So your Oz Rock loving significant other has those Pub Rock compilations already, and your local CD outlet, if you have one, is looking a bit bereft of new goodies. Streaming’s cool, but they’re already signed up. What the hell are you gonna get them for Xmas?! ILYOS comes to the rescue with some Oz Rock books that’ll fill that stocking nicely and provide some great summer reading.
AC/DC 1973-1980: The Bon Scott Years by Jeff Apter
Brand new, and unless we’re blind, released with little fanfare so far, this wannabe coffee-table tome (can a paperback still be a coffee table book?) is the real deal for fans of early AC/DC. Heavily illustrated with rare early photos, posters, etc, it traces the years when AC/DC really were an Australian band. It provides a nice companion piece to the same author’s Angus book (released late 2017, and sadly overshadowed by Malcolm’s passing), and the ones he previously ghost wrote with AC/DC bass player Mark Evans (Dirty Deeds) and early manager Michael Browning (Dog Eat Dog).
AC/DC: Maximum Rock N Roll (Revised Edition) by Arnaud Durieux & Murray Engleheart
Revised and updated edition (from August 2017), of the classic weighty tome which was originally published in 2006. Sydney’s Engleheart lives and breathes this stuff (his classic Blood Sweat and Beers, which covers AC/DC’s antecedents like Billy Thorpe & the Aztecs and the Coloured Balls and contemporaries like Rose Tattoo and the Angels is also essential, and his passion shines through.
Bon: The Last Highway (Updated Edition) by Jesse Fink
Jesse Fink was the fourth Australian author to start banging his head against the protective shield that surrounds the Young Brothers; he did so with a fascinating 2013 book simply titled The Youngs, and he followed that up late last year with a Bon bio. Containing new revelations about Bon’s death – and his involvement in the songs that would feature on Back In Black after his death - the book’s release was somewhat overshadowed by Malcolm’s passing, but it’s a gripping read. The just-published new edition contains further revelations.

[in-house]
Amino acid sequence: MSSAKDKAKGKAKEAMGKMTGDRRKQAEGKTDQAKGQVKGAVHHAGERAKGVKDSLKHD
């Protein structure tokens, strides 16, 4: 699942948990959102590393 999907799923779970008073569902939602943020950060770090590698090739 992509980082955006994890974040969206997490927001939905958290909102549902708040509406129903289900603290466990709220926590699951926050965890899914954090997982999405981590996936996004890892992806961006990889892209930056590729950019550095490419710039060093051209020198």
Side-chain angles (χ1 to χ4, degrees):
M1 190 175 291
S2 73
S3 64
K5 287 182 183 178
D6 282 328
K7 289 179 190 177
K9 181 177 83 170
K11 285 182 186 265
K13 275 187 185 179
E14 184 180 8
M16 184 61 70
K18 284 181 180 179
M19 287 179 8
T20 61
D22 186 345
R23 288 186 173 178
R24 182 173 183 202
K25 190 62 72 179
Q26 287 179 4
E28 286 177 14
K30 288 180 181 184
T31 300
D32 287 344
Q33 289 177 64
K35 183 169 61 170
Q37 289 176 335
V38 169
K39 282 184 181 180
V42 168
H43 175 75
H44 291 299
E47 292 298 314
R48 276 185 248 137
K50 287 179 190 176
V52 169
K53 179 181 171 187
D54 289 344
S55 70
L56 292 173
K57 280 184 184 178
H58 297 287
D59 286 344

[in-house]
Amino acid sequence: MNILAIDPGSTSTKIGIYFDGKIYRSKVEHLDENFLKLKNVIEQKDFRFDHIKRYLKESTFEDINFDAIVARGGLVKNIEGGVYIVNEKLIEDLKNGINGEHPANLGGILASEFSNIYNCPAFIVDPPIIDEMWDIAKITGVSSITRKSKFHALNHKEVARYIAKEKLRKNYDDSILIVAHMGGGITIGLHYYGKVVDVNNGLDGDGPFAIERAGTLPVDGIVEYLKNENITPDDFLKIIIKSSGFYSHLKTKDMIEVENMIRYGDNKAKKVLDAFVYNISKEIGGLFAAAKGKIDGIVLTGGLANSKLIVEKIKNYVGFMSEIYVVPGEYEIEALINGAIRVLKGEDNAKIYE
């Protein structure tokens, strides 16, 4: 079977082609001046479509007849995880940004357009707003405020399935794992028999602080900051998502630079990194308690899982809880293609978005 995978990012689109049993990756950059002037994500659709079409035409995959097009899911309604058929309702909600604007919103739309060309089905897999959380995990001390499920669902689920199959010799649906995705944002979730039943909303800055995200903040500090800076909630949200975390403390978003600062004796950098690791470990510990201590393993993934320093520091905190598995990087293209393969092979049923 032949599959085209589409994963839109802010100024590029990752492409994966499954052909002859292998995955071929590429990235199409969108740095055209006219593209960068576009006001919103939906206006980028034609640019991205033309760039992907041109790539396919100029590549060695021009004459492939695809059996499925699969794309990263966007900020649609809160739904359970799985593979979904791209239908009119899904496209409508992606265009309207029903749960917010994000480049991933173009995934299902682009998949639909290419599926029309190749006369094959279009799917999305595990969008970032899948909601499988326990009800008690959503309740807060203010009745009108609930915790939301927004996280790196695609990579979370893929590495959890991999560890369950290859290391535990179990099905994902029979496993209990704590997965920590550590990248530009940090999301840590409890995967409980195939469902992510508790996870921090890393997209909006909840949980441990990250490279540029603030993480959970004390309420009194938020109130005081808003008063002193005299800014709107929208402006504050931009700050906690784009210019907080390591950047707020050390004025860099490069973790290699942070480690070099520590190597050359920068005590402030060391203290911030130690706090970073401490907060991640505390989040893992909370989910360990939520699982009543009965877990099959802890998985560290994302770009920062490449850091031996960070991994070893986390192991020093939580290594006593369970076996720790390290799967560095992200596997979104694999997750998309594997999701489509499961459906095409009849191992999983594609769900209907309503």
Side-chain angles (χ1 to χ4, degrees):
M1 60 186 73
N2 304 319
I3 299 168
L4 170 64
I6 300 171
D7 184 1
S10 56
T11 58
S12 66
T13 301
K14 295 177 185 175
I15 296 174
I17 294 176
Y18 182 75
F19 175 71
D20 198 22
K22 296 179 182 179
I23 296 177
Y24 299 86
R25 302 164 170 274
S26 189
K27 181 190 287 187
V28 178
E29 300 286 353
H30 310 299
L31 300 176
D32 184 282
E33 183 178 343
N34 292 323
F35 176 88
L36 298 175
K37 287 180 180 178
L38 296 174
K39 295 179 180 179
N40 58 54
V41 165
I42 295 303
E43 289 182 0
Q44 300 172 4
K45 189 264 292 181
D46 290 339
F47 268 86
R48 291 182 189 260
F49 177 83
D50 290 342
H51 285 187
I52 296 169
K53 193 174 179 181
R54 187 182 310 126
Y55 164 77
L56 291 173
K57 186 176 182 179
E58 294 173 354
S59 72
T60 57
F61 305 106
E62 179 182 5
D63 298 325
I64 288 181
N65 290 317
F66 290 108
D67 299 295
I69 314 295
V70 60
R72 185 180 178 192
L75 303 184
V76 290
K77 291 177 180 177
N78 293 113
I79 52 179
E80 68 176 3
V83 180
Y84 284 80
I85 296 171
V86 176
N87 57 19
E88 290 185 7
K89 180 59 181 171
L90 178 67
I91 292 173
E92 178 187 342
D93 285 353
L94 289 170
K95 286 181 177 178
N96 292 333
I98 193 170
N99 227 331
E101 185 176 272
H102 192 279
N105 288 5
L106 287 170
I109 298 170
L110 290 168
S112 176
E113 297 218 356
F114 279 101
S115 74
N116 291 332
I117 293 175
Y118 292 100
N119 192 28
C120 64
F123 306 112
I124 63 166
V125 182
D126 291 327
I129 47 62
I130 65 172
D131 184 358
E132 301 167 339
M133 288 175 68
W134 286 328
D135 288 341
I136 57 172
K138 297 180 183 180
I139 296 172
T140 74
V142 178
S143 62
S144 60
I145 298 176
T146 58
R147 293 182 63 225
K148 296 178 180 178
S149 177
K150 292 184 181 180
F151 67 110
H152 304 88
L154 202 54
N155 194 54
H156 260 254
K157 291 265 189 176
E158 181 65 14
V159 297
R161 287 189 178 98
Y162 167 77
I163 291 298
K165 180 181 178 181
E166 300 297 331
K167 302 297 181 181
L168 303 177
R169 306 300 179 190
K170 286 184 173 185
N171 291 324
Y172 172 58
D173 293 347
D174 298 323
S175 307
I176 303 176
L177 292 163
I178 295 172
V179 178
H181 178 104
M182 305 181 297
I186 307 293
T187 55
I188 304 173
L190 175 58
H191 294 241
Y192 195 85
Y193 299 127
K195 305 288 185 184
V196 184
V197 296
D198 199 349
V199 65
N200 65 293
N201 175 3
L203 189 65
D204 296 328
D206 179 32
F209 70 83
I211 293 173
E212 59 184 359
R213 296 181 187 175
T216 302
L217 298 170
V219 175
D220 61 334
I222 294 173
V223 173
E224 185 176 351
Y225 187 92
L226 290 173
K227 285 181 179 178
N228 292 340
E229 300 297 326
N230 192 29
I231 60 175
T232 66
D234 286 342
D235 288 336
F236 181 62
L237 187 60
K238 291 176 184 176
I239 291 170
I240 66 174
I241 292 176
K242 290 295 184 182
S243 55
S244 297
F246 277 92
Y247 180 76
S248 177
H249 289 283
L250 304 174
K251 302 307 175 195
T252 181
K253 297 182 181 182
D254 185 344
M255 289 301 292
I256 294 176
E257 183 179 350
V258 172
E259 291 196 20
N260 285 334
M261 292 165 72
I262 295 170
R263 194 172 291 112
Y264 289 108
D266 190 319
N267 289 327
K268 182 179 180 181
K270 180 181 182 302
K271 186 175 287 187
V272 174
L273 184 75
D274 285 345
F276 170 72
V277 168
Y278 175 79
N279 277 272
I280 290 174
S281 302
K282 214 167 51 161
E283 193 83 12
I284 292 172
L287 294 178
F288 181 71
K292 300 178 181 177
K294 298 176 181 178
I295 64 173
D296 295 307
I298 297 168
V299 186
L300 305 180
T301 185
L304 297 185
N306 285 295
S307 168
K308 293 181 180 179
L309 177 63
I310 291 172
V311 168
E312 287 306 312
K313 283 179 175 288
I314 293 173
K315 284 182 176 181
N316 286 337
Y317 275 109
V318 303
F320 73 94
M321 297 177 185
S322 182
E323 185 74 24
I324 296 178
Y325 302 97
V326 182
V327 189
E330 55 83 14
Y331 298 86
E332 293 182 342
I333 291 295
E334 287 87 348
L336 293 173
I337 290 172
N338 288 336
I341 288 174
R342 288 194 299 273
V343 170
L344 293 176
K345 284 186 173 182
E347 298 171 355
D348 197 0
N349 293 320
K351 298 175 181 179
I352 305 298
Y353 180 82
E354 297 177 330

Roadies: The Secret History of Australian Rock’n’Roll by Stuart Coupe
Certainly one of the most talked about Australian music books of the year, Roadies digs deep into the stories of the men and women who keep the show on the road, and who often wear the physical and psychological scars of the lifestyle. It truly is “the secret history” of our live music scene. Author Coupe has previously written about industry machinations in The Promoters and Gudinski, and is currently writing the definitive Paul Kelly biography.
Michael, My Brother, Lost Boy of INXS by Tina Hutchence & Jen Jewel Brown
Co-written by Michael Hutchence’s sister and veteran music writer, occasional songwriter and industry insider who was instrumental in securing INXS their first international publishing deal, Jenny Brown, Michael tells the story from the inside and from a deeply personal perspective, getting to the heart of the man rather than repeating the myths.
Man Out of Time by Broderick Smith